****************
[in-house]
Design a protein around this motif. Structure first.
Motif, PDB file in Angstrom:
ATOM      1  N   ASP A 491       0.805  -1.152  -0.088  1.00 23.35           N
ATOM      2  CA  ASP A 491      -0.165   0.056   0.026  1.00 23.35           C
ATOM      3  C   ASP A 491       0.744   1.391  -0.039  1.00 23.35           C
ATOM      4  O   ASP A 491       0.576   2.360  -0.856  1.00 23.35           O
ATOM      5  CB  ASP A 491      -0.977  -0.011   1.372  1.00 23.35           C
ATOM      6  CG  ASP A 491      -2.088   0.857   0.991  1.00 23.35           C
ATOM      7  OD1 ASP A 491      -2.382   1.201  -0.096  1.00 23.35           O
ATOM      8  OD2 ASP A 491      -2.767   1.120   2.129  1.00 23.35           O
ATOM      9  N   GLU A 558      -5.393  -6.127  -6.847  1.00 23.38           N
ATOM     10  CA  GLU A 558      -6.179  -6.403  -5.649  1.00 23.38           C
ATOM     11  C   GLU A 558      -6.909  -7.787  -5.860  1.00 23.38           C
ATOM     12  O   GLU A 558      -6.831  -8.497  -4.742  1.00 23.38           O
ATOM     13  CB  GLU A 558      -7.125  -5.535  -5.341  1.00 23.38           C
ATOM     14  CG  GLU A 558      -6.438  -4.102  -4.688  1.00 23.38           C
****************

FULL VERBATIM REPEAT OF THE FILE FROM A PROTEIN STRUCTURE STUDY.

[in-house]
Design a protein around this motif. Structure first.
Motif, PDB file in Angstrom:
ATOM      1  N   ASP A 491       0.805  -1.152  -0.088  1.00 23.35           N
ATOM      2  CA  ASP A 491      -0.165   0.056   0.026  1.00 23.35           C
ATOM      3  C   ASP A 491       0.744   1.391  -0.039  1.00 23.35           C
ATOM      4  O   ASP A 491       0.576   2.360  -0.856  1.00 23.35           O
ATOM      5  CB  ASP A 491      -0.977  -0.011   1.372  1.00 23.35           C
ATOM      6  CG  ASP A 491      -2.088   0.857   0.991  1.00 23.35           C
ATOM      7  OD1 ASP A 491      -2.382   1.201  -0.096  1.00 23.35           O
ATOM      8  OD2 ASP A 491      -2.767   1.120   2.129  1.00 23.35           O
ATOM      9  N   GLU A 558      -5.393  -6.127  -6.847  1.00 23.38           N
ATOM     10  CA  GLU A 558      -6.179  -6.403  -5.649  1.00 23.38           C
ATOM     11  C   GLU A 558      -6.909  -7.787  -5.860  1.00 23.38           C
ATOM     12  O   GLU A 558      -6.831  -8.497  -4.742  1.00 23.38           O
ATOM     13  CB  GLU A 558      -7.125  -5.535  -5.341  1.00 23.38           C
ATOM     14  CG  GLU A 558      -6.438  -4.102  -4.688  1.00 23.38           C